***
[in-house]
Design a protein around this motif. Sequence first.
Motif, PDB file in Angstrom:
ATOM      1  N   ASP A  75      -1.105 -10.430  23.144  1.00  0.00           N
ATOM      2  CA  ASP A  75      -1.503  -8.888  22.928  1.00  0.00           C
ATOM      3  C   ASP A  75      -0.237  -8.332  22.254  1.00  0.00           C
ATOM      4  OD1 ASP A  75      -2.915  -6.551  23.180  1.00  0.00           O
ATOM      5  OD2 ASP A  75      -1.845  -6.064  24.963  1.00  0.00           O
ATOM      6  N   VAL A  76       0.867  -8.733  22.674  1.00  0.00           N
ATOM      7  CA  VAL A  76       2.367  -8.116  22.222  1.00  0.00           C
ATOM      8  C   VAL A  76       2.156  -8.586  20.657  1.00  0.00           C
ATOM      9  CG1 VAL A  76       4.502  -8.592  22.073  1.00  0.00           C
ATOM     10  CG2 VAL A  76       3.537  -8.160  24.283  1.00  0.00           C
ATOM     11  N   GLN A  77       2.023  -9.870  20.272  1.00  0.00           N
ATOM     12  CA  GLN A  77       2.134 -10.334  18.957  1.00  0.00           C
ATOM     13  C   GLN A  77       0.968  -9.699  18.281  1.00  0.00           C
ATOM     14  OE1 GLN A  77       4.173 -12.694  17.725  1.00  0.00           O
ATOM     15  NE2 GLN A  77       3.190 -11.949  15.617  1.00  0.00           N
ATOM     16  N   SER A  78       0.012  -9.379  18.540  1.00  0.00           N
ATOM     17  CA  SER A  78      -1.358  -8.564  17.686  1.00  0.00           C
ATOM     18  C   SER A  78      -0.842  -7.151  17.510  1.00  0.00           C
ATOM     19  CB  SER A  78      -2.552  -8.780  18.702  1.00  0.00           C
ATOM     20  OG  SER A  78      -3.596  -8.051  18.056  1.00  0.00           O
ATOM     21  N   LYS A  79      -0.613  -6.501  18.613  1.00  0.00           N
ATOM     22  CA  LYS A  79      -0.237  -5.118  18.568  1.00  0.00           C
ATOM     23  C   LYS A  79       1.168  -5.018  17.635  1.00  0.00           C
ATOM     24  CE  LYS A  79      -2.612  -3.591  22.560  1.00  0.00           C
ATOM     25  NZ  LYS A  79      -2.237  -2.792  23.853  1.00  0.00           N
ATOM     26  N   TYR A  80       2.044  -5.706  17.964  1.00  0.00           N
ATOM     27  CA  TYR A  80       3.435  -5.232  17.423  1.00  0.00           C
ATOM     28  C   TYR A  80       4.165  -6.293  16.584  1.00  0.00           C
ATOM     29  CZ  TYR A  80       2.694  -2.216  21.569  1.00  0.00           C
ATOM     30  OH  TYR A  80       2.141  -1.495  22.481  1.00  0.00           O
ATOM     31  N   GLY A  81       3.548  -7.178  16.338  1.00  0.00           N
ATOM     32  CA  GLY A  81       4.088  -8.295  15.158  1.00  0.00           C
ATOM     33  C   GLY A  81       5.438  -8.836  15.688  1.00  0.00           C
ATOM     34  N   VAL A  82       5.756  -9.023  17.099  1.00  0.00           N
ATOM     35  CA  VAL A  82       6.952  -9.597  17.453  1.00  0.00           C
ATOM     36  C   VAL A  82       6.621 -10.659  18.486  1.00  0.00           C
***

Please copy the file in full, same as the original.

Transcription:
[in-house]
Design a protein around this motif. Sequence first.
Motif, PDB file in Angstrom:
ATOM      1  N   ASP A  75      -1.105 -10.430  23.144  1.00  0.00           N
ATOM      2  CA  ASP A  75      -1.503  -8.888  22.928  1.00  0.00           C
ATOM      3  C   ASP A  75      -0.237  -8.332  22.254  1.00  0.00           C
ATOM      4  OD1 ASP A  75      -2.915  -6.551  23.180  1.00  0.00           O
ATOM      5  OD2 ASP A  75      -1.845  -6.064  24.963  1.00  0.00           O
ATOM      6  N   VAL A  76       0.867  -8.733  22.674  1.00  0.00           N
ATOM      7  CA  VAL A  76       2.367  -8.116  22.222  1.00  0.00           C
ATOM      8  C   VAL A  76       2.156  -8.586  20.657  1.00  0.00           C
ATOM      9  CG1 VAL A  76       4.502  -8.592  22.073  1.00  0.00           C
ATOM     10  CG2 VAL A  76       3.537  -8.160  24.283  1.00  0.00           C
ATOM     11  N   GLN A  77       2.023  -9.870  20.272  1.00  0.00           N
ATOM     12  CA  GLN A  77       2.134 -10.334  18.957  1.00  0.00           C
ATOM     13  C   GLN A  77       0.968  -9.699  18.281  1.00  0.00           C
ATOM     14  OE1 GLN A  77       4.173 -12.694  17.725  1.00  0.00           O
ATOM     15  NE2 GLN A  77       3.190 -11.949  15.617  1.00  0.00           N
ATOM     16  N   SER A  78       0.012  -9.379  18.540  1.00  0.00           N
ATOM     17  CA  SER A  78      -1.358  -8.564  17.686  1.00  0.00           C
ATOM     18  C   SER A  78      -0.842  -7.151  17.510  1.00  0.00           C
ATOM     19  CB  SER A  78      -2.552  -8.780  18.702  1.00  0.00           C
ATOM     20  OG  SER A  78      -3.596  -8.051  18.056  1.00  0.00           O
ATOM     21  N   LYS A  79      -0.613  -6.501  18.613  1.00  0.00           N
ATOM     22  CA  LYS A  79      -0.237  -5.118  18.568  1.00  0.00           C
ATOM     23  C   LYS A  79       1.168  -5.018  17.635  1.00  0.00           C
ATOM     24  CE  LYS A  79      -2.612  -3.591  22.560  1.00  0.00           C
ATOM     25  NZ  LYS A  79      -2.237  -2.792  23.853  1.00  0.00           N
ATOM     26  N   TYR A  80       2.044  -5.706  17.964  1.00  0.00           N
ATOM     27  CA  TYR A  80       3.435  -5.232  17.423  1.00  0.00           C
ATOM     28  C   TYR A  80       4.165  -6.293  16.584  1.00  0.00           C
ATOM     29  CZ  TYR A  80       2.694  -2.216  21.569  1.00  0.00           C
ATOM     30  OH  TYR A  80       2.141  -1.495  22.481  1.00  0.00           O
ATOM     31  N   GLY A  81       3.548  -7.178  16.338  1.00  0.00           N
ATOM     32  CA  GLY A  81       4.088  -8.295  15.158  1.00  0.00           C
ATOM     33  C   GLY A  81       5.438  -8.836  15.688  1.00  0.00           C
ATOM     34  N   VAL A  82       5.756  -9.023  17.099  1.00  0.00           N
ATOM     35  CA  VAL A  82       6.952  -9.597  17.453  1.00  0.00           C
ATOM     36  C   VAL A  82       6.621 -10.659  18.486  1.00  0.00           C